Yet hopefully this is a beginning of a new life for this quite little known collection.

 

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Thank you, Smithsonian!

All things must come to an end and so did my fellowship at the Smithsonian Institution. Suddenly I’m back home in Oslo again, and Alaska and DC seem as far away as the little island in the Pacific where I normally go on fieldwork.

The Smithsonian Fellowship in Museum Practice has been such a wonderful opportunity. I’ve been allowed to see this enormous institution from the inside and to do exactly the project I wanted to. And people I met were so welcoming and willing to use of their time to help me with my project. I don’t know how to thank you enough, but my most sincere thanks to all of you.

Now I’m writing up my Smithsonian experience and will use it in my work for making museum collections more useful. The results and updates will be posted here.

And for people who might want to apply for this fellowship you find the necessary information about it from the SCEMS (Smithsonian Center of Education and Museum Studies) here.

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Talk: How a glocalisation study on Rapanui youth became an exhibition on an archaeological exhibition and an interest in museum digitization…or something like that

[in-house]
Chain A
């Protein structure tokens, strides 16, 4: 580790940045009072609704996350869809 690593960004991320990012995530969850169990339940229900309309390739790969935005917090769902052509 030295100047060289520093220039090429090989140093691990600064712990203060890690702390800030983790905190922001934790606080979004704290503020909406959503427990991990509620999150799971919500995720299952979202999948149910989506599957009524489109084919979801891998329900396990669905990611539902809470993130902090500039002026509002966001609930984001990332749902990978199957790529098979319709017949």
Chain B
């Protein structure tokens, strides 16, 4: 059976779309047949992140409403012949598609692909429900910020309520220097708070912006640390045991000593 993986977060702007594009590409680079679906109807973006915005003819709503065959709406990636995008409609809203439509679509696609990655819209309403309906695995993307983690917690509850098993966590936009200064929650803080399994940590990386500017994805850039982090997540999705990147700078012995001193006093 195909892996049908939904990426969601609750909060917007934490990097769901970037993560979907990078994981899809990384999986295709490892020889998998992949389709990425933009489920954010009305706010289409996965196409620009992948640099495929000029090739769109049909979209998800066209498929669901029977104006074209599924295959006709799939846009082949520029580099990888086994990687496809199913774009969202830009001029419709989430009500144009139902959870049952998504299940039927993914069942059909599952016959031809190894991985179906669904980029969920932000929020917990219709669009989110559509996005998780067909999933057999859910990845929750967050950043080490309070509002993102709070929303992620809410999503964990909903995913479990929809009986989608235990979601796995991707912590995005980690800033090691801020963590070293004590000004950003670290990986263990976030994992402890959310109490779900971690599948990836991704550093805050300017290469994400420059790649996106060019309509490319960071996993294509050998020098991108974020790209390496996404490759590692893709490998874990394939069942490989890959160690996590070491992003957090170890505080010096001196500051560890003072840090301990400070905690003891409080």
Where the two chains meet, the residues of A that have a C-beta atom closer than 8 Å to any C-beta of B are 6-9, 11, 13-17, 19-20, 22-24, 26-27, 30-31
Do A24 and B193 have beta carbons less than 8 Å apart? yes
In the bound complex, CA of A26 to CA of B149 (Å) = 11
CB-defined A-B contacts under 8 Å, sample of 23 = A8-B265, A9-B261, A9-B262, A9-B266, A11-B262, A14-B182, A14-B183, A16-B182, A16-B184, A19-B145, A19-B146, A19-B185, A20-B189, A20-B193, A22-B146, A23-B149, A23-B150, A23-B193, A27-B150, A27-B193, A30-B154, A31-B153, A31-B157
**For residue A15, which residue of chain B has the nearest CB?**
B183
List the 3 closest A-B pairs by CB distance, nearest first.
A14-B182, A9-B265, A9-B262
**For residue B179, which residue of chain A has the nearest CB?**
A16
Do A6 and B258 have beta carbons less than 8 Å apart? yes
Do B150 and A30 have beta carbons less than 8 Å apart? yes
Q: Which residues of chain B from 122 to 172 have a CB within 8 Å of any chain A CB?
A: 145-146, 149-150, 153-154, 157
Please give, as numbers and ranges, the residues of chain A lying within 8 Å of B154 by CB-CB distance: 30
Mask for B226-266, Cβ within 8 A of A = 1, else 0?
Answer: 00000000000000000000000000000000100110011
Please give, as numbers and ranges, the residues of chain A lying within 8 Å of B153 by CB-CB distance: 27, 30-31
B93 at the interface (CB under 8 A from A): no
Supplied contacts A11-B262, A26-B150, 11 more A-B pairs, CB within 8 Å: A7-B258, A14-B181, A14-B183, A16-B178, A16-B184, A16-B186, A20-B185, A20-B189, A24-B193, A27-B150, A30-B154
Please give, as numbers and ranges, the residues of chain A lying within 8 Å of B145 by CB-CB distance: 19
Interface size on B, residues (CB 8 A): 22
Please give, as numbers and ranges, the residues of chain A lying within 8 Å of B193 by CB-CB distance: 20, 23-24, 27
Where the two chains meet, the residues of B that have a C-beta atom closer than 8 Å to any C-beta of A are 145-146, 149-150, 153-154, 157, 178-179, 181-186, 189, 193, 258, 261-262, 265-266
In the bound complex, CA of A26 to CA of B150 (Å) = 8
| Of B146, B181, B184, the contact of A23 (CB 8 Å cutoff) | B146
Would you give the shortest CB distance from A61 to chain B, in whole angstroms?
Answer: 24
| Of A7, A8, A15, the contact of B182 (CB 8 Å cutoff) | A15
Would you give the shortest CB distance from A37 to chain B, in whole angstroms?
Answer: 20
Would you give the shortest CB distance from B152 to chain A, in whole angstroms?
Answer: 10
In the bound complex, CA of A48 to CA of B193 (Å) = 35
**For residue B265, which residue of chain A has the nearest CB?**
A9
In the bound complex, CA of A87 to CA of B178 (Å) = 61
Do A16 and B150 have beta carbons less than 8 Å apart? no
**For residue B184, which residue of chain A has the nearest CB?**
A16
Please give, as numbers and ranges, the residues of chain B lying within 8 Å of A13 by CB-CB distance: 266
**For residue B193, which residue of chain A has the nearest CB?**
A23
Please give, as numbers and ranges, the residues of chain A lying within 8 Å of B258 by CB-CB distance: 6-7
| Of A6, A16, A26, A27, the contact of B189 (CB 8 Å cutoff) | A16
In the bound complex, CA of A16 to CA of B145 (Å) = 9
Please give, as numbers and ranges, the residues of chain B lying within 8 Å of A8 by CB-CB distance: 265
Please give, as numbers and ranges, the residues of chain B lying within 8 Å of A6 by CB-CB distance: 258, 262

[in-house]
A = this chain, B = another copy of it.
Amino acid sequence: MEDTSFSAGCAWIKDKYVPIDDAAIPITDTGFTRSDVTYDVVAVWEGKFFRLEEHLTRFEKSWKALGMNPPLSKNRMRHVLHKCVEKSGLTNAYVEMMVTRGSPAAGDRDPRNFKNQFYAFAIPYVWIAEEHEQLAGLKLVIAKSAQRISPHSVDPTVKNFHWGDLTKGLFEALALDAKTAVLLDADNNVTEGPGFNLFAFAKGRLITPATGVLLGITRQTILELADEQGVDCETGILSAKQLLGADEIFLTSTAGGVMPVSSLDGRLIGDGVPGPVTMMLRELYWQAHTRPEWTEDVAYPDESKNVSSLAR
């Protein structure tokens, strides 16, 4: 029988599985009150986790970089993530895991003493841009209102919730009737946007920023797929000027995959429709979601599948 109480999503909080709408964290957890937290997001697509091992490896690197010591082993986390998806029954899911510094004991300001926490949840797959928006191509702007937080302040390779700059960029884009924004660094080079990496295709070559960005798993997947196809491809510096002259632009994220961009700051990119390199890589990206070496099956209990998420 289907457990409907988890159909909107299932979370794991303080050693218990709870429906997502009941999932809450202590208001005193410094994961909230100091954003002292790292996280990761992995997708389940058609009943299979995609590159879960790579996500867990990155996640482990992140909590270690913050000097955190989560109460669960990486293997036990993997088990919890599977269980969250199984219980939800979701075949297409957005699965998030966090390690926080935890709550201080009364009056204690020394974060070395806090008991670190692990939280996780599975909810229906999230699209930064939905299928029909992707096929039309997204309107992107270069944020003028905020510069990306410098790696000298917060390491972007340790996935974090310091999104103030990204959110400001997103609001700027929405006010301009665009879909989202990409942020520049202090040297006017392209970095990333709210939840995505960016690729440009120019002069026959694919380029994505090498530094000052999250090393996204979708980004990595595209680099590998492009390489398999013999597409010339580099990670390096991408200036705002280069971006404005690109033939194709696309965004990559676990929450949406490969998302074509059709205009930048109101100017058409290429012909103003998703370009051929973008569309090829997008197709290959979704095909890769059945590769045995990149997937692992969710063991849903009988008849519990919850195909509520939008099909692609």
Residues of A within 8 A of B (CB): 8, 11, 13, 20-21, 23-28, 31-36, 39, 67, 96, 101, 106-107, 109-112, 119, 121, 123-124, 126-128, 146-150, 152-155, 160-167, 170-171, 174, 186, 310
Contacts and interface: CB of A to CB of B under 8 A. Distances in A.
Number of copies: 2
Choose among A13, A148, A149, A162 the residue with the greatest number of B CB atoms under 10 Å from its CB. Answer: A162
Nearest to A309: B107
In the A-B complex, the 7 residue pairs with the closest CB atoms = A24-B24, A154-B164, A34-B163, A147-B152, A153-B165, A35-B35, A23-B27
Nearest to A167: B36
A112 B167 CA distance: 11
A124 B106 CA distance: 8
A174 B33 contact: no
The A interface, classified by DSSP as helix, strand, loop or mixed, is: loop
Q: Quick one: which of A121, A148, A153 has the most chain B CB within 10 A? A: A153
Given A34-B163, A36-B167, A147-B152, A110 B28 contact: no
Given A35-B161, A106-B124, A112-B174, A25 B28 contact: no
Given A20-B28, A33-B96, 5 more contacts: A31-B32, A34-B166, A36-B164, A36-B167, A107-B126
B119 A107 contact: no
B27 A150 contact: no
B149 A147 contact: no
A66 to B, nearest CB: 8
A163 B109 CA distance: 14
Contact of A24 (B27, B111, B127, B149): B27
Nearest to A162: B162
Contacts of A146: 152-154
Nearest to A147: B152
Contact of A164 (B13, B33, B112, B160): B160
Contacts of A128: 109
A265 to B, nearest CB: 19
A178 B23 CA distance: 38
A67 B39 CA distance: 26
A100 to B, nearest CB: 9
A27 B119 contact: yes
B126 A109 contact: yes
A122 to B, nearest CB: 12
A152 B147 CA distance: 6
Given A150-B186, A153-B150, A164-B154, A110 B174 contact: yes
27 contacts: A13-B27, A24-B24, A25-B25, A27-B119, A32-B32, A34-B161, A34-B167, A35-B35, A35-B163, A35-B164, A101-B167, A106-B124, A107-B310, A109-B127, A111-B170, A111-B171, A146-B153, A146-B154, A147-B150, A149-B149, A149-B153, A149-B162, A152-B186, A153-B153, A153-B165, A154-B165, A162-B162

Wednesday I gave a little talk in the Department of Anhtropology in the NMNH, trying to explain why I’m doing this fellowship. I like the long titles of the accounts of early voyages of discovery, which often have every place visited and thing seen in the very title of the account -so therefore such a clumsy title. As for the content I started by showing the audience part of the documentary “Mana Rapa Nui!” (2010) and explained how being a Norwegian anthropologist on Rapa Nui got me involved in producing an exhibition on an earlier Norwegian expedition to the island. That in turn confronted me with questions about Rapanui museum collections abroad (especially in Norway), their managament and accessability. And from there the way to thinking about the possibilities of digitization can be short, but that was only the beginning of this project. Getting collections online can be called digitization, but how can digitization make collections more useful?  I’ll talk about that in the next talk, Monday.